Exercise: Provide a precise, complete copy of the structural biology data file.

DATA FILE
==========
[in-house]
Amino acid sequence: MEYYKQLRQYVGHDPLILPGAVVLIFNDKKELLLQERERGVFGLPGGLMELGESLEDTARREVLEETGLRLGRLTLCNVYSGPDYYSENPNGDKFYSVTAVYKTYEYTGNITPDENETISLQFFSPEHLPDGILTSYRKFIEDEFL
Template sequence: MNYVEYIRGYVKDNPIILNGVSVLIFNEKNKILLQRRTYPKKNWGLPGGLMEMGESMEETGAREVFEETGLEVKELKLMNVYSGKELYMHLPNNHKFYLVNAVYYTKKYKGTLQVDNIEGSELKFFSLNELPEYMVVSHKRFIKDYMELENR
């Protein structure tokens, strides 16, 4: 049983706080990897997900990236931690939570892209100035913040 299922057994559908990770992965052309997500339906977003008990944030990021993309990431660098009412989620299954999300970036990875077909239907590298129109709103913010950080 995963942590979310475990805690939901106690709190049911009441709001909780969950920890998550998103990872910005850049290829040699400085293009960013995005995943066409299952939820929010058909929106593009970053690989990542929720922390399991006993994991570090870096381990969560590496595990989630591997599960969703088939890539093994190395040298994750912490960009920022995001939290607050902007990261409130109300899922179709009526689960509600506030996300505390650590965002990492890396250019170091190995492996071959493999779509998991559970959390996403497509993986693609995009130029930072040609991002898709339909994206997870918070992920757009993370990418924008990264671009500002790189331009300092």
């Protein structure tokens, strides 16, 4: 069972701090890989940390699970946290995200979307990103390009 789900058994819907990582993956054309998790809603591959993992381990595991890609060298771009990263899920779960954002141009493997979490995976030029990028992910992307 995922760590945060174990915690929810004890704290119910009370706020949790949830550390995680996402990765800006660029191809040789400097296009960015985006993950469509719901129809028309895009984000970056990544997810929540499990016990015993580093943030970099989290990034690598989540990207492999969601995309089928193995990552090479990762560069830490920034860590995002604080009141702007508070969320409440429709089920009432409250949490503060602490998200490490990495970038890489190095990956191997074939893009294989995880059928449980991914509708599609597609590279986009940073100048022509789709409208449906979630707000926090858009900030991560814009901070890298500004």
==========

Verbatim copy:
[in-house]
Amino acid sequence: MEYYKQLRQYVGHDPLILPGAVVLIFNDKKELLLQERERGVFGLPGGLMELGESLEDTARREVLEETGLRLGRLTLCNVYSGPDYYSENPNGDKFYSVTAVYKTYEYTGNITPDENETISLQFFSPEHLPDGILTSYRKFIEDEFL
Template sequence: MNYVEYIRGYVKDNPIILNGVSVLIFNEKNKILLQRRTYPKKNWGLPGGLMEMGESMEETGAREVFEETGLEVKELKLMNVYSGKELYMHLPNNHKFYLVNAVYYTKKYKGTLQVDNIEGSELKFFSLNELPEYMVVSHKRFIKDYMELENR
């Protein structure tokens, strides 16, 4: 049983706080990897997900990236931690939570892209100035913040 299922057994559908990770992965052309997500339906977003008990944030990021993309990431660098009412989620299954999300970036990875077909239907590298129109709103913010950080 995963942590979310475990805690939901106690709190049911009441709001909780969950920890998550998103990872910005850049290829040699400085293009960013995005995943066409299952939820929010058909929106593009970053690989990542929720922390399991006993994991570090870096381990969560590496595990989630591997599960969703088939890539093994190395040298994750912490960009920022995001939290607050902007990261409130109300899922179709009526689960509600506030996300505390650590965002990492890396250019170091190995492996071959493999779509998991559970959390996403497509993986693609995009130029930072040609991002898709339909994206997870918070992920757009993370990418924008990264671009500002790189331009300092």
């Protein structure tokens, strides 16, 4: 069972701090890989940390699970946290995200979307990103390009 789900058994819907990582993956054309998790809603591959993992381990595991890609060298771009990263899920779960954002141009493997979490995976030029990028992910992307 995922760590945060174990915690929810004890704290119910009370706020949790949830550390995680996402990765800006660029191809040789400097296009960015985006993950469509719901129809028309895009984000970056990544997810929540499990016990015993580093943030970099989290990034690598989540990207492999969601995309089928193995990552090479990762560069830490920034860590995002604080009141702007508070969320409440429709089920009432409250949490503060602490998200490490990495970038890489190095990956191997074939893009294989995880059928449980991914509708599609597609590279986009940073100048022509789709409208449906979630707000926090858009900030991560814009901070890298500004």